Human Rights Watch (HRW) is urging the European Union to make clear that greater support for Central Asia is tied to “genuine” human rights reforms.
The New York-based human rights watchdog made the call on November 16, as EU foreign policy chief Josep Borrell prepares to meet remotely with foreign ministers from Kazakhstan, Kyrgyzstan, Tajikistan, Turkmenistan, and Uzbekistan for the 16th EU-Central Asia Ministerial meeting.
Central Asian countries’ responses to political turmoil, such as in Kyrgyzstan, or to challenges created by the coronavirus pandemic “would have been more effective if they had lived up to their pledges to respect rights,” Hugh Williamson, Europe and Central Asia director at HRW, said in a statement.
It said that Central Asian governments justified their moves to limit access to information and restrict freedom of expression by their efforts to slow down the spread of the virus, while economic hardship and inequalities increased in the region as a consequence of the pandemic.
According to HRW, recent political upheavals in Kyrgyzstan that led to the resignation of President Sooronbai Jeenbekov also put human rights at risk in the country.
The group said the EU should press the Kyrgyz authorities to hold a “genuinely independent inquiry” into the death of prominent human rights activist Azimjan Askarov in custody in July.
Askarov “had wrongfully been behind bars since 2010, and his untimely death is a serious stain on the country’s human rights record,” it said.
In Kazakhstan, President Qasym-Zhomart Toqaev’s promises for reforms “have not brought meaningful improvements,” according to HRW.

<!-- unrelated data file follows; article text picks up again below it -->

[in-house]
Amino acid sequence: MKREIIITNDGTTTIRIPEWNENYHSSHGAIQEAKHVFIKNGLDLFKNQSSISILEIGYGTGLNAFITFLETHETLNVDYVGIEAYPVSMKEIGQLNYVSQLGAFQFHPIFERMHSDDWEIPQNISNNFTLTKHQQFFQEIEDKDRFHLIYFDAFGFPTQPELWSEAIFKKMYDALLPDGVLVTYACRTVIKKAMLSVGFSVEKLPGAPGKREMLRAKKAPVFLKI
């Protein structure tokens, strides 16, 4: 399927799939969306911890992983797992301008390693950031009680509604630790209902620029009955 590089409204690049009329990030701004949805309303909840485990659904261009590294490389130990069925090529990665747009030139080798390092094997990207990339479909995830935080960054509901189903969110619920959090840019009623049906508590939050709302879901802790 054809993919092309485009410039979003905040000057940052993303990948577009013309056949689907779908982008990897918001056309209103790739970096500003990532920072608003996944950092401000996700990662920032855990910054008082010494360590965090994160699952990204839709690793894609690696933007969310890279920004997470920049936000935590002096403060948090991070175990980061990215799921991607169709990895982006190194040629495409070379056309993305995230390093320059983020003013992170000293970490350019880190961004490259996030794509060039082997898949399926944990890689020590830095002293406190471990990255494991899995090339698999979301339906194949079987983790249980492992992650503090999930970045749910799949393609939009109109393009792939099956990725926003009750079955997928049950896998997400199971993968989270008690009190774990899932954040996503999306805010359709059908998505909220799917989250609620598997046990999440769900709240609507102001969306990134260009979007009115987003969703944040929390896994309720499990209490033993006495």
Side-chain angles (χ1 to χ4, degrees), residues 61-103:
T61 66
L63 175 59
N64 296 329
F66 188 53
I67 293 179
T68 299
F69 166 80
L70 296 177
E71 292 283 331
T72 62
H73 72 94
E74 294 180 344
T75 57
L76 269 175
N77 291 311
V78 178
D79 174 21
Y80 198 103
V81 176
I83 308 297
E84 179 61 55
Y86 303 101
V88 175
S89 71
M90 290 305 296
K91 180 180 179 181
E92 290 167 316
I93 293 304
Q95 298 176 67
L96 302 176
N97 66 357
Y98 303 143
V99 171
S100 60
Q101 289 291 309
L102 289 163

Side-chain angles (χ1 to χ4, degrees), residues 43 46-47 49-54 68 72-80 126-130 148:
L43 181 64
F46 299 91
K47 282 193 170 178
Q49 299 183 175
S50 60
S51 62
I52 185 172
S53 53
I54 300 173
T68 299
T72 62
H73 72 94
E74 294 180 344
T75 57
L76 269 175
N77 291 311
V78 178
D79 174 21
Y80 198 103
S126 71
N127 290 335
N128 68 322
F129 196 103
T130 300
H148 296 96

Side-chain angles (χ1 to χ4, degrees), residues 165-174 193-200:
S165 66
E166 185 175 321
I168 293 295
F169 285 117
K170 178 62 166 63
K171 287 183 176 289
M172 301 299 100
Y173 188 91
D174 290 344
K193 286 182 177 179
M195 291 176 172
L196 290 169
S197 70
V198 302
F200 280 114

Peaceful protesters continue to be “harassed or detained” in the oil-rich nation, obstacles to independent labor organizing persist, and many journalists continue to be “harassed or attacked” while doing their jobs.
The statement noted that the “wrongfully jailed” Kazakh activist Maks Boqaev, who was sentenced to five years in prison in 2016 for organizing massive unsanctioned protests against land reform, remains in prison.
In Uzbekistan, HRW said, there have been some concrete steps to improve the human rights situation, but “people released from arbitrary detention are often denied legal rehabilitation, the criminal code retains deeply problematic provisions, and pledges to bring the nongovernmental organization (NGO) code in line with international standards remain unfulfilled.”
“The EU should make sure that Uzbekistan addresses important failings before granting new trade incentives conditioned by EU law on genuine implementation of core human rights treaties,” the watchdog said.
In Tajikistan, more than 150 political opponents, critics, or their lawyers remain imprisoned on politically motivated charges, while prison conditions remain “abysmal,” with activists reporting “widespread torture and ill-treatment” in detention, according to HRW.
It said Tajik citizens residing abroad face attacks and extradition requests, while their relatives in Tajikistan are harassed and detained.
Calling Turkmenistan the “most repressive country” in the region, HRW said it was not possible to determine the exact number of people imprisoned on politically motivated grounds there.
“Scores of people remain forcibly disappeared, some for as long as 18 years,” it said.
The Turkmen government “tightly controls information in the face of major social and economic fallout, with shortages of subsidized food putting people’s well-being at risk,” the statement added.
HRW concludes that the EU should use its leverage to show that there will be political consequences if governments fail to translate their rhetoric for reforms into concrete actions.
In 2019, the EU adopted a new strategy for Central Asia, prioritizing the rule of law as a necessity to make public institutions more responsive and accountable to their citizens.